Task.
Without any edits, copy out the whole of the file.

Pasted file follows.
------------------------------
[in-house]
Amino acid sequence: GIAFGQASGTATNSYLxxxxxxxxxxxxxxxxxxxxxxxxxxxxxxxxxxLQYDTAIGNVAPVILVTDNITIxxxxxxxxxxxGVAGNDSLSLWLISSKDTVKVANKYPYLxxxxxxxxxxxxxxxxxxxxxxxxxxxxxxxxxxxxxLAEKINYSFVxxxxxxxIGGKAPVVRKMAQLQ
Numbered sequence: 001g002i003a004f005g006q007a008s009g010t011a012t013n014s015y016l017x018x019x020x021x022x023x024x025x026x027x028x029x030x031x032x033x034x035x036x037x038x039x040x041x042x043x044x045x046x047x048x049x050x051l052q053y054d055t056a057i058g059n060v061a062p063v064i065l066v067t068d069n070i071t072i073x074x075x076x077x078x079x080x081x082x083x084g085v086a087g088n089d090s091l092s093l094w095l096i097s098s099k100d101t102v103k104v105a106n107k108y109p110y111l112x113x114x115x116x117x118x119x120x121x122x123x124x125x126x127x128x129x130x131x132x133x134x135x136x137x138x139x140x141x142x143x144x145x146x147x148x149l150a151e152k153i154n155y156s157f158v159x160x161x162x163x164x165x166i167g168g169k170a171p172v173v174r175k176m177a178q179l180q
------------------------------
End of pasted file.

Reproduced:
[in-house]
Amino acid sequence: GIAFGQASGTATNSYLxxxxxxxxxxxxxxxxxxxxxxxxxxxxxxxxxxLQYDTAIGNVAPVILVTDNITIxxxxxxxxxxxGVAGNDSLSLWLISSKDTVKVANKYPYLxxxxxxxxxxxxxxxxxxxxxxxxxxxxxxxxxxxxxLAEKINYSFVxxxxxxxIGGKAPVVRKMAQLQ
Numbered sequence: 001g002i003a004f005g006q007a008s009g010t011a012t013n014s015y016l017x018x019x020x021x022x023x024x025x026x027x028x029x030x031x032x033x034x035x036x037x038x039x040x041x042x043x044x045x046x047x048x049x050x051l052q053y054d055t056a057i058g059n060v061a062p063v064i065l066v067t068d069n070i071t072i073x074x075x076x077x078x079x080x081x082x083x084g085v086a087g088n089d090s091l092s093l094w095l096i097s098s099k100d101t102v103k104v105a106n107k108y109p110y111l112x113x114x115x116x117x118x119x120x121x122x123x124x125x126x127x128x129x130x131x132x133x134x135x136x137x138x139x140x141x142x143x144x145x146x147x148x149l150a151e152k153i154n155y156s157f158v159x160x161x162x163x164x165x166i167g168g169k170a171p172v173v174r175k176m177a178q179l180q